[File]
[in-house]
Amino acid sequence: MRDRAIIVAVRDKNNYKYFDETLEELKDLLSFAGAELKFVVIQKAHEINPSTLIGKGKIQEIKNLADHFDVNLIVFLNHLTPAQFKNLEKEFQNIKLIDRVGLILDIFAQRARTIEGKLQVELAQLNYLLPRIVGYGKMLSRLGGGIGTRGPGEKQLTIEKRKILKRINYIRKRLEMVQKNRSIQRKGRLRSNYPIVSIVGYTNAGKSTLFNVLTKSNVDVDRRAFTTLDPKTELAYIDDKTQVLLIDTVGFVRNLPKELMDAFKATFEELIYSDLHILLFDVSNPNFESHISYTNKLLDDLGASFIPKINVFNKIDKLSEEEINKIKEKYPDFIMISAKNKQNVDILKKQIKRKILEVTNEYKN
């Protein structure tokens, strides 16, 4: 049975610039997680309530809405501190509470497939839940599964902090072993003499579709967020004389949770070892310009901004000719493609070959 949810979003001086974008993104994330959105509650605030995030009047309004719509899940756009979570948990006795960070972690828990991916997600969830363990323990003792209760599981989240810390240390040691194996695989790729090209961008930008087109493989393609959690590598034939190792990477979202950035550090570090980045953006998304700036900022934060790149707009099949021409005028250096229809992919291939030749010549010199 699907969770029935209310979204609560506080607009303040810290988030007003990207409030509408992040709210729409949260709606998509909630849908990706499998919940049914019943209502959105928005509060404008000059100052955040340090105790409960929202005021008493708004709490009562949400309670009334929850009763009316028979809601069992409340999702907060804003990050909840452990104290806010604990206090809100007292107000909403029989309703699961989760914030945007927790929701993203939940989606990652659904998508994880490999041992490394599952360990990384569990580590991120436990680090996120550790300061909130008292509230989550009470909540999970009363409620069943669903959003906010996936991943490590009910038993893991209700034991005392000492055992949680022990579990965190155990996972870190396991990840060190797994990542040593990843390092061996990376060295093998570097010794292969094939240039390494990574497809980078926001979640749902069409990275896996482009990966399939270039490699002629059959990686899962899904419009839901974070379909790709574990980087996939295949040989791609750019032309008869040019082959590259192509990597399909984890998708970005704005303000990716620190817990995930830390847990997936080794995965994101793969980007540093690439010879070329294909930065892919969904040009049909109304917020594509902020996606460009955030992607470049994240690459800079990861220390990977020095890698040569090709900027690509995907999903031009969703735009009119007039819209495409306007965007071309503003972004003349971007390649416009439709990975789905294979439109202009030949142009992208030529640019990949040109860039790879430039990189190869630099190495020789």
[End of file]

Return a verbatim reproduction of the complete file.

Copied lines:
[in-house]
Amino acid sequence: MRDRAIIVAVRDKNNYKYFDETLEELKDLLSFAGAELKFVVIQKAHEINPSTLIGKGKIQEIKNLADHFDVNLIVFLNHLTPAQFKNLEKEFQNIKLIDRVGLILDIFAQRARTIEGKLQVELAQLNYLLPRIVGYGKMLSRLGGGIGTRGPGEKQLTIEKRKILKRINYIRKRLEMVQKNRSIQRKGRLRSNYPIVSIVGYTNAGKSTLFNVLTKSNVDVDRRAFTTLDPKTELAYIDDKTQVLLIDTVGFVRNLPKELMDAFKATFEELIYSDLHILLFDVSNPNFESHISYTNKLLDDLGASFIPKINVFNKIDKLSEEEINKIKEKYPDFIMISAKNKQNVDILKKQIKRKILEVTNEYKN
């Protein structure tokens, strides 16, 4: 049975610039997680309530809405501190509470497939839940599964902090072993003499579709967020004389949770070892310009901004000719493609070959 949810979003001086974008993104994330959105509650605030995030009047309004719509899940756009979570948990006795960070972690828990991916997600969830363990323990003792209760599981989240810390240390040691194996695989790729090209961008930008087109493989393609959690590598034939190792990477979202950035550090570090980045953006998304700036900022934060790149707009099949021409005028250096229809992919291939030749010549010199 699907969770029935209310979204609560506080607009303040810290988030007003990207409030509408992040709210729409949260709606998509909630849908990706499998919940049914019943209502959105928005509060404008000059100052955040340090105790409960929202005021008493708004709490009562949400309670009334929850009763009316028979809601069992409340999702907060804003990050909840452990104290806010604990206090809100007292107000909403029989309703699961989760914030945007927790929701993203939940989606990652659904998508994880490999041992490394599952360990990384569990580590991120436990680090996120550790300061909130008292509230989550009470909540999970009363409620069943669903959003906010996936991943490590009910038993893991209700034991005392000492055992949680022990579990965190155990996972870190396991990840060190797994990542040593990843390092061996990376060295093998570097010794292969094939240039390494990574497809980078926001979640749902069409990275896996482009990966399939270039490699002629059959990686899962899904419009839901974070379909790709574990980087996939295949040989791609750019032309008869040019082959590259192509990597399909984890998708970005704005303000990716620190817990995930830390847990997936080794995965994101793969980007540093690439010879070329294909930065892919969904040009049909109304917020594509902020996606460009955030992607470049994240690459800079990861220390990977020095890698040569090709900027690509995907999903031009969703735009009119007039819209495409306007965007071309503003972004003349971007390649416009439709990975789905294979439109202009030949142009992208030529640019990949040109860039790879430039990189190869630099190495020789």